The number of calories served at a restaurant is an important issue because Americans eat out so much. One estimate is that the average American adult eats meals or snacks at restaurants about six times a week
. "The weight of the evidence suggests that restaurant eating is a contributor to obesity in the United States," Jarlenski said.
"Consumers should be aware to eat out in moderation ... restaurant eating is most likely not going to be as healthy as cooking with fresh ingredients at home," Jarlenski said.
For her part, Roberts thinks that advising people not to eat out so much is like "telling the tide not to rise." "People like eating out, and it's likely to become even more frequent. We need ways to help people deal with it better," she said.
One of the easy things that consumers can do is ask for cheese and dressing on the side when they order. "You can just sprinkle a little on. A lot of the calories come from these high-calorie add-ons," Roberts said.
It is also possible to curb how much you eat and get a doggie bag for leftovers, but many of us do not have this kind of willpower.
"The easiest solution is if you say up front (to the server), 'I'd like to take a half-portion and you can give me the other portion to take home,' but it's kind of embarrassing unless you know the people you eat out with well," she said.
Should non-chain restaurants post calorie information?
Although it may help consumers to get calorie information at independent restaurants just like at chain restaurants, "I don't think simply disclosing (this information) is going to have a huge effect," Roberts said. Although it could steer some toward lower-calorie options, people with less money may order the largest number of calories they can afford, she said.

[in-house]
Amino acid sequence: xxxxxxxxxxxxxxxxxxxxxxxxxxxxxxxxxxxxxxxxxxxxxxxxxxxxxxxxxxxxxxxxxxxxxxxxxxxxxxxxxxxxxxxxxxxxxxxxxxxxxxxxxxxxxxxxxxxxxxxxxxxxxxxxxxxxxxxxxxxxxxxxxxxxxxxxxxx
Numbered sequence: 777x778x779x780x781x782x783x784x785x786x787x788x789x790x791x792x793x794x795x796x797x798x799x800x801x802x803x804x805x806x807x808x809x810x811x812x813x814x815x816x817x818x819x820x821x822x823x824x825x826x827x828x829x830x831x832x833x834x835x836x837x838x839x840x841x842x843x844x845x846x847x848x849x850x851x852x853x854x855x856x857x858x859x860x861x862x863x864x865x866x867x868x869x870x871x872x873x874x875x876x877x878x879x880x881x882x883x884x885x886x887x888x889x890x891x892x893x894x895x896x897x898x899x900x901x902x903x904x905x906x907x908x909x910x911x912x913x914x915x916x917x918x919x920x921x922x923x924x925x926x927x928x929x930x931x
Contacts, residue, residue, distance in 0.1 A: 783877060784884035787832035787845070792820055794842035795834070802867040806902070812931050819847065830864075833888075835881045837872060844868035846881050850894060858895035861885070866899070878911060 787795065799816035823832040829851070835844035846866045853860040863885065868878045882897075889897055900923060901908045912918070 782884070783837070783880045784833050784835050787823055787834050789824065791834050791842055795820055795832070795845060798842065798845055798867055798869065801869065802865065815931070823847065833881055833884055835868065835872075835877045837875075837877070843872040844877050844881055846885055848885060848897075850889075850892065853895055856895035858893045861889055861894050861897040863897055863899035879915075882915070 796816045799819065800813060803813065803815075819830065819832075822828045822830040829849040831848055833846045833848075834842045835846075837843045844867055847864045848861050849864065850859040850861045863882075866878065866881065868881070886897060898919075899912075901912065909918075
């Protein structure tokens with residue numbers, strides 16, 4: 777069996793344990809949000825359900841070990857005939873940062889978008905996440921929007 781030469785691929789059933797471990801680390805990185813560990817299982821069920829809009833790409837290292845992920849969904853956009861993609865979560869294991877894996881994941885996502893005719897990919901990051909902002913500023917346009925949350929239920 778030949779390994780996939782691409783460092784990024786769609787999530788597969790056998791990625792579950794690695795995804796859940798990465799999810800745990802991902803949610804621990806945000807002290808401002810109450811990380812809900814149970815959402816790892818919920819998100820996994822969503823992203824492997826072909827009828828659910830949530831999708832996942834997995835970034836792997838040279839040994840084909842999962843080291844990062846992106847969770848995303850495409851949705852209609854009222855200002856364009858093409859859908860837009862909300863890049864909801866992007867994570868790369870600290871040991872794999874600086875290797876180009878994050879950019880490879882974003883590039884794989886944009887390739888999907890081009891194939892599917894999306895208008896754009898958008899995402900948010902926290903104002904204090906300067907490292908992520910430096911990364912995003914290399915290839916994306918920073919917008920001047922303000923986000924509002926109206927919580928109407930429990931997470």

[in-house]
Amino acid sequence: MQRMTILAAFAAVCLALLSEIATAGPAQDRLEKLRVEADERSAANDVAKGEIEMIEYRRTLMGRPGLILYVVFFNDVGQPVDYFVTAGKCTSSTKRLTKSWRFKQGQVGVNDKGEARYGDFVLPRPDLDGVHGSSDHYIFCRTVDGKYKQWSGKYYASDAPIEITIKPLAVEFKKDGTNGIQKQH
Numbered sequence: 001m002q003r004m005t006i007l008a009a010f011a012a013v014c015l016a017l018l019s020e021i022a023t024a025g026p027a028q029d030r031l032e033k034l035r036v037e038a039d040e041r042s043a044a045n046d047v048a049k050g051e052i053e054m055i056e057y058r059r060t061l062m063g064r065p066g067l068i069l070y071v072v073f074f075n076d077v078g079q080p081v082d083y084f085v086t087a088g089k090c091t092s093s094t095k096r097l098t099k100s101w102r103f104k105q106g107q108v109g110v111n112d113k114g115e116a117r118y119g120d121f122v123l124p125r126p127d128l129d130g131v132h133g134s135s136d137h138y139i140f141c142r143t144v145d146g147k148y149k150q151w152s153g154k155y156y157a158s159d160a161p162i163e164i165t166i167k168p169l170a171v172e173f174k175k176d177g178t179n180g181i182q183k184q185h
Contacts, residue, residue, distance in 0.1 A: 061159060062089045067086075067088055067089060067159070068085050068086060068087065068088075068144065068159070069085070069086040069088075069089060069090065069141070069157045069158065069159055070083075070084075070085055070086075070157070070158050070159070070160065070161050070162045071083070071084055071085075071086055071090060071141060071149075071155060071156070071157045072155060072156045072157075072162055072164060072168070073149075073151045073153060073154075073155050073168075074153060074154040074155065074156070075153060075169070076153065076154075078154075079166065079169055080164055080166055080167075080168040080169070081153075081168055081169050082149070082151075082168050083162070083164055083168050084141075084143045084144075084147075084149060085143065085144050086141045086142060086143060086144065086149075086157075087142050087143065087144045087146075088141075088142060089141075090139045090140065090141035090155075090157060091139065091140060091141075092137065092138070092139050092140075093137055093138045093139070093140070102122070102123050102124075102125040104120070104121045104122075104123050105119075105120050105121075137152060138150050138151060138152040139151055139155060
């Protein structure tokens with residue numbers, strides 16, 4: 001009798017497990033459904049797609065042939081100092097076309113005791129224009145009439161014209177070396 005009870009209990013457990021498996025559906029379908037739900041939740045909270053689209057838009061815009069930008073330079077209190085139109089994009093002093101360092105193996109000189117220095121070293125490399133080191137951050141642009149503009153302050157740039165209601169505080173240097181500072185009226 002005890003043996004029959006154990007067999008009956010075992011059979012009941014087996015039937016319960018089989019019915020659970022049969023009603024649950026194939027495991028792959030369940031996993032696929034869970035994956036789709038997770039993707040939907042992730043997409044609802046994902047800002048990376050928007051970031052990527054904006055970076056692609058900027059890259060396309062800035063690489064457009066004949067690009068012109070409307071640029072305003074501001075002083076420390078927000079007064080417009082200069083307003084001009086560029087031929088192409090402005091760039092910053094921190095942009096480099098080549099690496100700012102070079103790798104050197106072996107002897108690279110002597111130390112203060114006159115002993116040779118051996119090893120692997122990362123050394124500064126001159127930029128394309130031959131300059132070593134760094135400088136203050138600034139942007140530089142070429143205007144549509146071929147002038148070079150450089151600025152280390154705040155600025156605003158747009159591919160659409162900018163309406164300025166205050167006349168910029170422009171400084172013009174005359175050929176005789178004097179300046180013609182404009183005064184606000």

In addition, "providing the caloric content information might affect restaurant behavior rather than consumer behavior," such as spurring restaurants to make their meals healthier or make their portions smaller, Jarlenski said.
Roberts says the impact of restaurants offering smaller portions -- such as half- or third-portions, for half or a third of the price -- should be explored. "Restaurants will say, 'We can't possibly do that,' but if everyone were required (by law) to do that, the playing field (would be) level," she said. "I would eat out every night of the week if I could do that."
Although Roberts doubts the calorie load at non-chain restaurants in other parts of the United States would be much better, it is hard to say how eateries in other cities and in rural areas would stack up.
The three cities in the study -- Boston, San Francisco and Little Rock -- differ in their demographics and their obesity rates.
"I would have thought that San Francisco (restaurants) would be better than Boston and Little Rock ... because San Francisco is one of the lowest-BMI cities," Jarlenski said.
That just goes to show that many other factors, in addition to calories in restaurant food, contribute to obesity rates, such as how often people go out to eat and how much exercise they get, she added.